The procedure for a horn bath is pretty simple – you don’t need much, and you probably already have most of the stuff laying around the house. You’ll need:

  • A bath tub
  • A bath towel (or something similar to lay in the bottom of the tub to set your horn on)
  • Mild dish soap (nothing oxygenated – I use regular blue Dawn)
  • snake brush
  • Your regular oils and greases. Here are my recommended valve oils and here for slide grease.
  • A rag (or several) to clean off oil and grease, and a towel (or few) to dry off the horn.

The process is fairly simple – lay the bath towel in the bottom of the tub and start drawing a bath with lukewarm (not hot!) water. Squeeze in a bit of the soap while the tub fills up. Take apart your horn – remove all the slides and even the valve caps. Go ahead and use the rag to wipe off the legs of the slides to remove and excess grease/oil, and place them all on the towel under water. Make sure you remember where each slide goes (take pictures while disassembling if you’re not sure)!

Once all the slides are out, put the body of the horn in the tub (on the towel) as well. Work the valves at least one time to get the warm, soapy water throughout the instrument. It wouldn’t be the worst idea to put your mouthpiece in the tub as well.

One at a time, pick up a slide, run the snake into each leg, and rinse the slide thoroughly with clean water (not the soapy bath water), and set the cleaned slide on a towel to dry. Remember, the soap will cut through grease and oil, so while we need it to clean the horn, we don’t want it present when we reassemble the horn. Also, you won’t be able to get the snake all the way through your slides – so don’t try. Run it in as far as it will go and pull it out quickly (but not too hard!). Then, run some clean water through the slide – you’ll wash out (most) of whatever you dislodged.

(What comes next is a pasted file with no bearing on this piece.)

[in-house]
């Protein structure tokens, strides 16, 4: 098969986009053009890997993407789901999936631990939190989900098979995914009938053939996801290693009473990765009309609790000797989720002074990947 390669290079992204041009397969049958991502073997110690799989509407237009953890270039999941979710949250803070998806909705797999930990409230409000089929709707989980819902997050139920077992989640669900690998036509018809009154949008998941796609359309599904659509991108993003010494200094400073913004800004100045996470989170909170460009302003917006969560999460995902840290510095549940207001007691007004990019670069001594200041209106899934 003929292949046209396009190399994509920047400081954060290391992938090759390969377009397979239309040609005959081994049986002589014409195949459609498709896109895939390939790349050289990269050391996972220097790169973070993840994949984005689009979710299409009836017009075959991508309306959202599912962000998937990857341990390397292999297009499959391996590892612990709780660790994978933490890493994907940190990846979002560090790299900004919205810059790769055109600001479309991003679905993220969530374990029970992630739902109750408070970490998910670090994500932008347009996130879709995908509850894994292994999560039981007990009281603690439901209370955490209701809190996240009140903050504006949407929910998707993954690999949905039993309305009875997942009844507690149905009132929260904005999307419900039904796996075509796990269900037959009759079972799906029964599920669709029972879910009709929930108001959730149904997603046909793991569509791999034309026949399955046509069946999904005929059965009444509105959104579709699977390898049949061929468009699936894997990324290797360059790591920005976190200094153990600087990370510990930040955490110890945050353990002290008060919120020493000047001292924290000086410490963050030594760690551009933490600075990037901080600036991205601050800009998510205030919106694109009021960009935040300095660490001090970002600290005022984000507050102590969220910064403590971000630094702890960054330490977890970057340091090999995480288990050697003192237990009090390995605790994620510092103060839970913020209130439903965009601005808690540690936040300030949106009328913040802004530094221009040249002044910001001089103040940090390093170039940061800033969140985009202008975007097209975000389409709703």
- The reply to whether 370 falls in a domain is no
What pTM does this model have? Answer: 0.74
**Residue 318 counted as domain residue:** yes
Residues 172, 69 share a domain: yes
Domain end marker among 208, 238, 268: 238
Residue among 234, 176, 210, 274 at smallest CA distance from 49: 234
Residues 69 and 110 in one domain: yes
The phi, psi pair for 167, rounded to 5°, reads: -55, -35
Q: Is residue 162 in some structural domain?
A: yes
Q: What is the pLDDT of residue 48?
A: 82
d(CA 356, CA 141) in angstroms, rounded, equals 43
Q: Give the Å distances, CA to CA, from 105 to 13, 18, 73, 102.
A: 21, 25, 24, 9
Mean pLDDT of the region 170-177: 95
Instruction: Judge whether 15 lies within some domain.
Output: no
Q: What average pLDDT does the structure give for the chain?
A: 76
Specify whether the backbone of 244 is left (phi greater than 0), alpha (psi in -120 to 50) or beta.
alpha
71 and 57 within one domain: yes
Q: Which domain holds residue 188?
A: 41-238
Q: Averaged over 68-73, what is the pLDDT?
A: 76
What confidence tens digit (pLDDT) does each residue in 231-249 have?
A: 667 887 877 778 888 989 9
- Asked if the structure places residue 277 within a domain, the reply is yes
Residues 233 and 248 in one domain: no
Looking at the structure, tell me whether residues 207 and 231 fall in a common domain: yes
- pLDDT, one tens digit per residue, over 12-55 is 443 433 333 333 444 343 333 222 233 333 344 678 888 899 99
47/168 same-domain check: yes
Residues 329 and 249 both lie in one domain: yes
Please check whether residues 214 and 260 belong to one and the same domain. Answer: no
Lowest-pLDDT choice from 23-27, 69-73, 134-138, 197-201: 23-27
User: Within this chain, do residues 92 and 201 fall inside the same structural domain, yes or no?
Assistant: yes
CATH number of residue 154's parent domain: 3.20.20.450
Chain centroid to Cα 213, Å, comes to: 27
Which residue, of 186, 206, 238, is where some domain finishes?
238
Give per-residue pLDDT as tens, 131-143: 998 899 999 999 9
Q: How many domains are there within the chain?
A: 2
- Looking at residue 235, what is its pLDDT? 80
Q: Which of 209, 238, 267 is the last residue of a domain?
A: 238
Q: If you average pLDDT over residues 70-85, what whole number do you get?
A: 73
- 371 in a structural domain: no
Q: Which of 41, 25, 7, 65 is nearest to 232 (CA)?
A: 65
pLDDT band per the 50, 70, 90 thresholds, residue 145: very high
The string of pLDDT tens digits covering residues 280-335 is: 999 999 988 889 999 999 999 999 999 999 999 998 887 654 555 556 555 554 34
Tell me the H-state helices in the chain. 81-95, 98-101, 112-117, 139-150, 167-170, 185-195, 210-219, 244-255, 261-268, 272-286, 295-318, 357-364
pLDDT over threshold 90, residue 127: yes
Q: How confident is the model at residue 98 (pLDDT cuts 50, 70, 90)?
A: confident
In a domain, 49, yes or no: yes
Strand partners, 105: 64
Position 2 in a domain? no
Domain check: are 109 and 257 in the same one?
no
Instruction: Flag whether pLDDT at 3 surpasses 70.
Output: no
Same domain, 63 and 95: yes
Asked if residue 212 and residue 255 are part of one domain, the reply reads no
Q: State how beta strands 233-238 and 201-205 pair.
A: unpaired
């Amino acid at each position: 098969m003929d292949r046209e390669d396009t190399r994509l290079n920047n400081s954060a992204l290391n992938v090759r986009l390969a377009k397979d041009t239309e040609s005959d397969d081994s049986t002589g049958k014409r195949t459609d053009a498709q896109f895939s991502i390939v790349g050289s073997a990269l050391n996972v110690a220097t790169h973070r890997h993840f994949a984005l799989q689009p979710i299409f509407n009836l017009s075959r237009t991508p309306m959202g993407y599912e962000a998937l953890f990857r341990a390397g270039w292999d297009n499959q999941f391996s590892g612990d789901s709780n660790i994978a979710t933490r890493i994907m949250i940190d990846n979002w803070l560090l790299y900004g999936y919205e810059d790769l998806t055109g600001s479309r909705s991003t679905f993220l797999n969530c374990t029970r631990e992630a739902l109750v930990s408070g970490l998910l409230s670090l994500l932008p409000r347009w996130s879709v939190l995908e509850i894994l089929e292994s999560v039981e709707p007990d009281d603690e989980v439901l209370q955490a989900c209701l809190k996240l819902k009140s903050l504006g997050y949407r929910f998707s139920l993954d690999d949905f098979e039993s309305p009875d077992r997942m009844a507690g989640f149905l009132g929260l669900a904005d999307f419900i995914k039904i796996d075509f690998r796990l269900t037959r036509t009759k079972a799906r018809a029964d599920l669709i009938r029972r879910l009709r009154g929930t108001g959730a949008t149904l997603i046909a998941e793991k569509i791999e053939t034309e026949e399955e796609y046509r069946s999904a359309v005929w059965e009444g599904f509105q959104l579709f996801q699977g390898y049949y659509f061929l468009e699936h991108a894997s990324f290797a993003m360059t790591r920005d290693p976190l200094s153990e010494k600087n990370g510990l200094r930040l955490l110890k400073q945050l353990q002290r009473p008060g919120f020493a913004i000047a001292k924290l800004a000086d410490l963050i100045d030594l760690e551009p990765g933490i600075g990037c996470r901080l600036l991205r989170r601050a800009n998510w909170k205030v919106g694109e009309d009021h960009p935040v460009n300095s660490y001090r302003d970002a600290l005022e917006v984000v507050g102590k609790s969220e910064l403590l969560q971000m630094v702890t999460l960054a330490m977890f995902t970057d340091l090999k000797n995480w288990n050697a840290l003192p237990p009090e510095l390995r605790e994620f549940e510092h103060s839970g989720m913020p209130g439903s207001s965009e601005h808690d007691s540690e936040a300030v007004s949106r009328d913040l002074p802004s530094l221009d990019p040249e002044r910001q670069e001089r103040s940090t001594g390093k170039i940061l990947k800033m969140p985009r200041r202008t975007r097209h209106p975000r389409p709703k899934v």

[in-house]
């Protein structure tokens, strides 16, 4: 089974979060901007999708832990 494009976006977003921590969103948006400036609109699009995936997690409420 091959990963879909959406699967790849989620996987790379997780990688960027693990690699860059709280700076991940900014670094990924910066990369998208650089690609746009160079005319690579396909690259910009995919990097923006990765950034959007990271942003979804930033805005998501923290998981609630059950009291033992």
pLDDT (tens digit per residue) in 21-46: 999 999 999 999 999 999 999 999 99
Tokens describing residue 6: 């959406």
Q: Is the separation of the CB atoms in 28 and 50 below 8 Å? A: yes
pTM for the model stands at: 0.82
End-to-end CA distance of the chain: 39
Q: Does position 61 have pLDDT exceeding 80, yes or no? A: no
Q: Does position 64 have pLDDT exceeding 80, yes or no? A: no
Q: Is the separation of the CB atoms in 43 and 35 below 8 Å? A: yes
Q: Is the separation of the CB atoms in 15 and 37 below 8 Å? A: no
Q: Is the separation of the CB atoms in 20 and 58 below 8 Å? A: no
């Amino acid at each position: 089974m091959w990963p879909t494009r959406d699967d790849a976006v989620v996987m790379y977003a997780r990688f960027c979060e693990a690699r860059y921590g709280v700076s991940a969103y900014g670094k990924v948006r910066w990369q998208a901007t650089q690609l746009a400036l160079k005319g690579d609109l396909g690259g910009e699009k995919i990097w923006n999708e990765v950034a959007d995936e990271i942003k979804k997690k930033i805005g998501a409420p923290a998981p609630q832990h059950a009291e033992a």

When all the slides are snaked, rinsed, and set aside, then move on to the body of the horn. Follow the same procedure – snake out the leadpipe and the main tuning slide legs, but don’t put the snake in the valve slide legs. You risk messing up the valves (or getting a bit of snake brush stuck) if you snake these out, so it’s best to not even mess with them. Generally, the inside of the slides (which you already cleaned) will be much dirtier anyway, so it’s usually not worth the risk.

After snaking out all the non-valve tubes, rinse the horn thoroughly inside and out with clean (warm, if possible) water. If you have a hand-held shower head that is easiest, but you can use the bath tub faucet or even a (clean) bucket or big cup in a pinch. Remember, you want to get rid of all the soap, since it will cut the grease and oil we use for the slides and valves. Also, spin the horn (carefully) several times to remove excess water, and dry it off with a clean towel.

Once the horn is dry and free of soapy residue, put some Blue Juice (10 drops or so) down each slide leg directly onto the rotor valve. We can do it this way since there should be no grease on the inner slide legs (yet!). This will get some good lubrication on each rotor. After that, you can follow the oiling and the greasing guidelines above on this page.

Any questions or comments? Let me know!